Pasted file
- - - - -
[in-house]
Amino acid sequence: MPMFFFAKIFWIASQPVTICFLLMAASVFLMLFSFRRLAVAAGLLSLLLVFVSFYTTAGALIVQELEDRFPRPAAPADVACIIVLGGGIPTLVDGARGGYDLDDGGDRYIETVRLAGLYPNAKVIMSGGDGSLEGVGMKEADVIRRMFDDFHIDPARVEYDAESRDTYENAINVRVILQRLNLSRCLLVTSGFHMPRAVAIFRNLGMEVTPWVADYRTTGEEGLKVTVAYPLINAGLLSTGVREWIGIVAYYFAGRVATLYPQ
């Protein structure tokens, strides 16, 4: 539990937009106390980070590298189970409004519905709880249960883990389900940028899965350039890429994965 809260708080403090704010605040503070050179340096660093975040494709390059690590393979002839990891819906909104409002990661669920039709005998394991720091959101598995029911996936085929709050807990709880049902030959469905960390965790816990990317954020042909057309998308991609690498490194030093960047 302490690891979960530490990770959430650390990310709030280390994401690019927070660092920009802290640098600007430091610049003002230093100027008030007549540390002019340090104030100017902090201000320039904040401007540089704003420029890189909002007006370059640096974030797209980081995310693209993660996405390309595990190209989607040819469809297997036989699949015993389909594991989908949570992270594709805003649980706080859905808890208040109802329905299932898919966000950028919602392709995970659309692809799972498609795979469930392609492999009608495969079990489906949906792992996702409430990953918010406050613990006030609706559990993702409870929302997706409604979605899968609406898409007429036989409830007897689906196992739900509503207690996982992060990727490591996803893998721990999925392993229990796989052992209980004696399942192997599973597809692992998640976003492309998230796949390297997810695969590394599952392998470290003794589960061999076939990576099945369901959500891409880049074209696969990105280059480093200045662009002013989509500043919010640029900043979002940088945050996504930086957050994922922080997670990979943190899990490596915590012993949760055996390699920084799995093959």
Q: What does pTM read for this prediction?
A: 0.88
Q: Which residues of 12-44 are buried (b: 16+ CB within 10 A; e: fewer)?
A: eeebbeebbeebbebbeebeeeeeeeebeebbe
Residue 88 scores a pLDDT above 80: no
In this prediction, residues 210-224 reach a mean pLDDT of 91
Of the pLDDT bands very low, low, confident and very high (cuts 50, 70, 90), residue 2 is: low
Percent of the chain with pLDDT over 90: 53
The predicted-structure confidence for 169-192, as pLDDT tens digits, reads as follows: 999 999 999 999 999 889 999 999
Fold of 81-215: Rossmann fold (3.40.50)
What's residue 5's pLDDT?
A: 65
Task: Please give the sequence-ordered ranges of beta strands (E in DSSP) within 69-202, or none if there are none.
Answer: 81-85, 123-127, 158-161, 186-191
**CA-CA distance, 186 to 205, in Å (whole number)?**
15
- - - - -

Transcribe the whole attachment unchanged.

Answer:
[in-house]
Amino acid sequence: MPMFFFAKIFWIASQPVTICFLLMAASVFLMLFSFRRLAVAAGLLSLLLVFVSFYTTAGALIVQELEDRFPRPAAPADVACIIVLGGGIPTLVDGARGGYDLDDGGDRYIETVRLAGLYPNAKVIMSGGDGSLEGVGMKEADVIRRMFDDFHIDPARVEYDAESRDTYENAINVRVILQRLNLSRCLLVTSGFHMPRAVAIFRNLGMEVTPWVADYRTTGEEGLKVTVAYPLINAGLLSTGVREWIGIVAYYFAGRVATLYPQ
């Protein structure tokens, strides 16, 4: 539990937009106390980070590298189970409004519905709880249960883990389900940028899965350039890429994965 809260708080403090704010605040503070050179340096660093975040494709390059690590393979002839990891819906909104409002990661669920039709005998394991720091959101598995029911996936085929709050807990709880049902030959469905960390965790816990990317954020042909057309998308991609690498490194030093960047 302490690891979960530490990770959430650390990310709030280390994401690019927070660092920009802290640098600007430091610049003002230093100027008030007549540390002019340090104030100017902090201000320039904040401007540089704003420029890189909002007006370059640096974030797209980081995310693209993660996405390309595990190209989607040819469809297997036989699949015993389909594991989908949570992270594709805003649980706080859905808890208040109802329905299932898919966000950028919602392709995970659309692809799972498609795979469930392609492999009608495969079990489906949906792992996702409430990953918010406050613990006030609706559990993702409870929302997706409604979605899968609406898409007429036989409830007897689906196992739900509503207690996982992060990727490591996803893998721990999925392993229990796989052992209980004696399942192997599973597809692992998640976003492309998230796949390297997810695969590394599952392998470290003794589960061999076939990576099945369901959500891409880049074209696969990105280059480093200045662009002013989509500043919010640029900043979002940088945050996504930086957050994922922080997670990979943190899990490596915590012993949760055996390699920084799995093959």
Q: What does pTM read for this prediction?
A: 0.88
Q: Which residues of 12-44 are buried (b: 16+ CB within 10 A; e: fewer)?
A: eeebbeebbeebbebbeebeeeeeeeebeebbe
Residue 88 scores a pLDDT above 80: no
In this prediction, residues 210-224 reach a mean pLDDT of 91
Of the pLDDT bands very low, low, confident and very high (cuts 50, 70, 90), residue 2 is: low
Percent of the chain with pLDDT over 90: 53
The predicted-structure confidence for 169-192, as pLDDT tens digits, reads as follows: 999 999 999 999 999 889 999 999
Fold of 81-215: Rossmann fold (3.40.50)
What's residue 5's pLDDT?
A: 65
Task: Please give the sequence-ordered ranges of beta strands (E in DSSP) within 69-202, or none if there are none.
Answer: 81-85, 123-127, 158-161, 186-191
**CA-CA distance, 186 to 205, in Å (whole number)?**
15